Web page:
Thursday, July 3rd, 2014...10:04 am

Eastern Magic

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This post is part of an ongoing series featuring items from the newly acquired Santo Domingo collection.

Indian Conjuring

Indian Conjuring, a book written by L.H. Branson is a detailed instruction manual to a collection of tricks that Branson discovered while living in India.  A magician himself, Branson explains tricks he has witnessed, as well as ones he does not know as well, such as the rope trick.  Although well versed in magic tricks, he was not a believer in spiritualism and thought it was based on conjurer tricks.  Branson traveled to India in the British Indian Army where he was promoted to Major and where he eventually retired.

The book begins with a chapter on different types of magic where he discusses branches from India, China, the  United States and other countries and how they contrast.
Indian Conjuring
Branson discusses the circumstances that allow for different types of magic tricks.  European and American magicians can practice illusions, and have money and props that an Indian magician could never afford.  The different loose and billowing clothing of the Chinese magician allows for different tricks as well.   He reflects negatively on the Indian conjurer, both for their lack of skill in his opinion, as well as the for complaint they do not come up with any new tricks.  Branson clearly believes sleight-of-hand illusions to be the best of the magic tricks, and does not think that anyone else can measure up to the Europeans.  He explains peoples’ fascination with Indian magic with the assumption that since magic originally comes from the east, people have the predisposition to believe an Eastern magician.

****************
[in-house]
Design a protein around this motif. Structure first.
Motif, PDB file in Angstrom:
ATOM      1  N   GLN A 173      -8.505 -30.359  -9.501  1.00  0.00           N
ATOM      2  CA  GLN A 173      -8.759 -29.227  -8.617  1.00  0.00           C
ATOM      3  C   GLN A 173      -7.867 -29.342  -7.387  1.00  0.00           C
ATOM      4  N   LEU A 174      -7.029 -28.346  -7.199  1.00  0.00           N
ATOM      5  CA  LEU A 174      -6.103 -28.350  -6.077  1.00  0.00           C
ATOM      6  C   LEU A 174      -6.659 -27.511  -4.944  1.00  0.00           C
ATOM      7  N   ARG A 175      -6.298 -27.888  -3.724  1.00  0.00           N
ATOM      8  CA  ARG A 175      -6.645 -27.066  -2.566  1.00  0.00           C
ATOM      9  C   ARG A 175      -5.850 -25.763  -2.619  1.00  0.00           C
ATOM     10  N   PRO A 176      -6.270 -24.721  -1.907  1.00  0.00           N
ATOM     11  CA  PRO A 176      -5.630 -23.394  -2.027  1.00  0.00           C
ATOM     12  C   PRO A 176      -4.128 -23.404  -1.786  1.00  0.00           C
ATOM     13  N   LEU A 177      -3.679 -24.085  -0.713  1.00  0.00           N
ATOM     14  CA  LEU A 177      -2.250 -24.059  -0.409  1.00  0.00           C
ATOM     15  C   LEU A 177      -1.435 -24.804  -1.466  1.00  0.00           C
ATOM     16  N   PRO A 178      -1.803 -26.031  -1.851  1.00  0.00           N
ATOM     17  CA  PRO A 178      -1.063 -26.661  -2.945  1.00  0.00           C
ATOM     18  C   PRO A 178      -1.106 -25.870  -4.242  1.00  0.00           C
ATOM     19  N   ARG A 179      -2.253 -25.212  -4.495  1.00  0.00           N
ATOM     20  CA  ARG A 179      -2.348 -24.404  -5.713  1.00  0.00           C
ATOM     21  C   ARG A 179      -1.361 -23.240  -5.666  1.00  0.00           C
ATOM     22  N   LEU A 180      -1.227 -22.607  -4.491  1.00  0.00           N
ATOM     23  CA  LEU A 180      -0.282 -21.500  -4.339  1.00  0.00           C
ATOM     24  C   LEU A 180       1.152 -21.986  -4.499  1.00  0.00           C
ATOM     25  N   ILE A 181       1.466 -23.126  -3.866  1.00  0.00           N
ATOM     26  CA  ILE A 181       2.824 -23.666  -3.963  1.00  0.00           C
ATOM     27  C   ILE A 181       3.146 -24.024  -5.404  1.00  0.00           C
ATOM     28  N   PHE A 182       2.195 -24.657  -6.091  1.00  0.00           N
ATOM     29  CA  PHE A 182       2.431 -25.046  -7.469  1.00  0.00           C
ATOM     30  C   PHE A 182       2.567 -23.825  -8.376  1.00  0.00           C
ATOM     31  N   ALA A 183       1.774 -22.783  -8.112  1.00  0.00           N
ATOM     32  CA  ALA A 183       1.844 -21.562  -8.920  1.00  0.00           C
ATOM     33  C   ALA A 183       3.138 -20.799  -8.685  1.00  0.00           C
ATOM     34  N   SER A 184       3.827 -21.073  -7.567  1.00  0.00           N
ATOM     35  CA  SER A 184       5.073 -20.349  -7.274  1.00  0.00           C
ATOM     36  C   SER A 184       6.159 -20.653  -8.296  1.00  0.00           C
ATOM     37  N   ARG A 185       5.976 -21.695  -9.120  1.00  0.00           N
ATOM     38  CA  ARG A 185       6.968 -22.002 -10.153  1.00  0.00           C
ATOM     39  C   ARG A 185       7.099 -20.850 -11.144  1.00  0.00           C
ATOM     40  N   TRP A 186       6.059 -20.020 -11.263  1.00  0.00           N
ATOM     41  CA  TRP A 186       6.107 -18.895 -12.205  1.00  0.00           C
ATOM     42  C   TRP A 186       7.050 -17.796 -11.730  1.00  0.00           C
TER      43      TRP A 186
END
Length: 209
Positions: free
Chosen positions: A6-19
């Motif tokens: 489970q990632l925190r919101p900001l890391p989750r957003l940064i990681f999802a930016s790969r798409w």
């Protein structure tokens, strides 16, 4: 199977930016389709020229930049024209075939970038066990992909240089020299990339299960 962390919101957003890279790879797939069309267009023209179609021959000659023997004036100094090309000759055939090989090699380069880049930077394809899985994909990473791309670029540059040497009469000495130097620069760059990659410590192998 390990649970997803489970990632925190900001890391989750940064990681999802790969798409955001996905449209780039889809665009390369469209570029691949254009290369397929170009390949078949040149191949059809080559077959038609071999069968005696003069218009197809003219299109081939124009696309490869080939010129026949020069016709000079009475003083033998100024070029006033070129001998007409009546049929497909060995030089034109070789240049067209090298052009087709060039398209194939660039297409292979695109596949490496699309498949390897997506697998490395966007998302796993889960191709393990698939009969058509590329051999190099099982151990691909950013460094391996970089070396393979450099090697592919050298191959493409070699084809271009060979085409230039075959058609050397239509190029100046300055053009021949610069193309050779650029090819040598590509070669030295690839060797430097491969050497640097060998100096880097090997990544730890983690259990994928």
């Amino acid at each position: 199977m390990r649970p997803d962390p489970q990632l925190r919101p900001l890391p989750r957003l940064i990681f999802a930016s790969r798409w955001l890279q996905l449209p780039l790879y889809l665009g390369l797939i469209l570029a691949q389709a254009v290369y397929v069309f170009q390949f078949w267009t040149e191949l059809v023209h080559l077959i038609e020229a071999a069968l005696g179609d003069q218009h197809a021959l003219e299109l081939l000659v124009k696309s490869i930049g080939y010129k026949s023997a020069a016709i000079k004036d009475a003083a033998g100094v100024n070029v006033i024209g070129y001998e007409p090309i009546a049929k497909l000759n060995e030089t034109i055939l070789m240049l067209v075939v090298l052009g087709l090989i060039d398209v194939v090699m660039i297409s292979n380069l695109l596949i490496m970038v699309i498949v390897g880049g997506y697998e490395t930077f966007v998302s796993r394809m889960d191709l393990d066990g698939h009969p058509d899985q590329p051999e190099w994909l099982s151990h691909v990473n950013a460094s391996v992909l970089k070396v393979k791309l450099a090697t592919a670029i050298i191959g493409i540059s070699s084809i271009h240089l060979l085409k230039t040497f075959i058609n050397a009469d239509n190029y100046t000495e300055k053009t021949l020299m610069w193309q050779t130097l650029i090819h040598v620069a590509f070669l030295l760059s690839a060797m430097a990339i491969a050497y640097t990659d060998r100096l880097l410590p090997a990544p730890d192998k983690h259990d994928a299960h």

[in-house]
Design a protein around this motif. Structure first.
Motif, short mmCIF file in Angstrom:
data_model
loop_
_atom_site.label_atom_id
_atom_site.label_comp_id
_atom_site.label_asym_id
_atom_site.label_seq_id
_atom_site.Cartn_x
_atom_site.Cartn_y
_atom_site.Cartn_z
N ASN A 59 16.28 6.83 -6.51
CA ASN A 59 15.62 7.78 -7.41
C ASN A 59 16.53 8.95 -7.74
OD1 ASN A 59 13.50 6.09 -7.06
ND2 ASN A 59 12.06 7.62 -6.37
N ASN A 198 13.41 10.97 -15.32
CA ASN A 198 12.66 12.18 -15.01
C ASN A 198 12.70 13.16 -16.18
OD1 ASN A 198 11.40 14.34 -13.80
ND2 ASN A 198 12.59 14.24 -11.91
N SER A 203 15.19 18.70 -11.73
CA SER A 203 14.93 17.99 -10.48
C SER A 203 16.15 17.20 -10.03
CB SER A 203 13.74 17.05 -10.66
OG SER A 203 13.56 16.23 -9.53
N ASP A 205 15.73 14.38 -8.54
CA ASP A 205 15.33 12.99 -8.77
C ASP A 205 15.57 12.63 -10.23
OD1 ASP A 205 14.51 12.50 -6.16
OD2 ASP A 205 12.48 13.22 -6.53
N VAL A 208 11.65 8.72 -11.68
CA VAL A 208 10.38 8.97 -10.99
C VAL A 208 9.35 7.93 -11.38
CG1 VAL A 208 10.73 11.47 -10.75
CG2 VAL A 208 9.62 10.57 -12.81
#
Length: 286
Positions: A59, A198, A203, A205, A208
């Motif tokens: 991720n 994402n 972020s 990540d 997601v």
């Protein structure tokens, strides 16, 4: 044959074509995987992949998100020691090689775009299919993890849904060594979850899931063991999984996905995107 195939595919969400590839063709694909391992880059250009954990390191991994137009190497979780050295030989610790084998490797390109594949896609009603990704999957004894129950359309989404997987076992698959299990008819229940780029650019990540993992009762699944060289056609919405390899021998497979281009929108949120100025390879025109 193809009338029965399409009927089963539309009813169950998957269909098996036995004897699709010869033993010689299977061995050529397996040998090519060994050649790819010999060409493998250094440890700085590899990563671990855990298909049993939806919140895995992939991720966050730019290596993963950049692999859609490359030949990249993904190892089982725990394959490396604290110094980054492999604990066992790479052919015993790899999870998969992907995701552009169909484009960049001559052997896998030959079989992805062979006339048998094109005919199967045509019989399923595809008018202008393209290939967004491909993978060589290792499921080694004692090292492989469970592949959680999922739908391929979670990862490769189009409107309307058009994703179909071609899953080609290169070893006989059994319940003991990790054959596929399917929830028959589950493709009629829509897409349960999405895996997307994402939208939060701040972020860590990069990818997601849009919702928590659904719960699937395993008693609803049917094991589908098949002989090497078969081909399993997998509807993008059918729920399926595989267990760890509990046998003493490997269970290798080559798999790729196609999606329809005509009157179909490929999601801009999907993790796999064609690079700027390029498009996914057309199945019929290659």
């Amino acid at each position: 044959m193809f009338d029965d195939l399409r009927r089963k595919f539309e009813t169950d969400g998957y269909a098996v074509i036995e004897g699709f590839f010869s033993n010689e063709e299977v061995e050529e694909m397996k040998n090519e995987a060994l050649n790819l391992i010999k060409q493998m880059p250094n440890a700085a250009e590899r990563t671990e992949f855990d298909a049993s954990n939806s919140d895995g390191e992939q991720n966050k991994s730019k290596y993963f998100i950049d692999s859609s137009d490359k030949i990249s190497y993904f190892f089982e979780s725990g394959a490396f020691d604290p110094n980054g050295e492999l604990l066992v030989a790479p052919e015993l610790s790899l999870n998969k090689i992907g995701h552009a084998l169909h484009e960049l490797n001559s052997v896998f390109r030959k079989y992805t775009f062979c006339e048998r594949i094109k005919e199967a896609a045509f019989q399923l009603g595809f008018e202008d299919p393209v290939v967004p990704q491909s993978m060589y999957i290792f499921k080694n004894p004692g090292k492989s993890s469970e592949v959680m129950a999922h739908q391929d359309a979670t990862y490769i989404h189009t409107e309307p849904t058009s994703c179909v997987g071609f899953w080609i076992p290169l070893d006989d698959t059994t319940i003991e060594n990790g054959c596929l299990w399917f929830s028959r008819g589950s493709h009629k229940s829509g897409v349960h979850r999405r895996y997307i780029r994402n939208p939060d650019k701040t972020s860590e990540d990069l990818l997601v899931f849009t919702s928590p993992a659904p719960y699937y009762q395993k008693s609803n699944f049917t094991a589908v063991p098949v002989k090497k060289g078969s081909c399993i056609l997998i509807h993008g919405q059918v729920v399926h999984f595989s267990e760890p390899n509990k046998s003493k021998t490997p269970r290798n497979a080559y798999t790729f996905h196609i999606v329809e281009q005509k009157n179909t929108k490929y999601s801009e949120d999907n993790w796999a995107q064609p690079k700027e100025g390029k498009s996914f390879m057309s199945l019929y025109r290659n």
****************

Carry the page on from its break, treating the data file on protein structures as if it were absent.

Indian Conjuring
Indian Conjuring

Despite his negative description of the Indian conjurer, he devotes the book specifically to Indian magic tricks that he has seen and learned living there.  Branson includes line illustrations to highlight the tricks he explains with step-by-step instructions.  Organized by what he describes as a typical set list of an Indian magician, he goes through each trick in the order performed.   Throughout the book he also showcases other magicians from India that he personally knew and who practice the tricks he is explaining.

Indian Conjuring

Indian conjuring, by Major L. H. Branson … With 8 illustrations London, Routledge, [1922] can be found in Widener’s collection.

Thanks to Emma Clement, Santo Domingo Library Assistant, for contributing this post.

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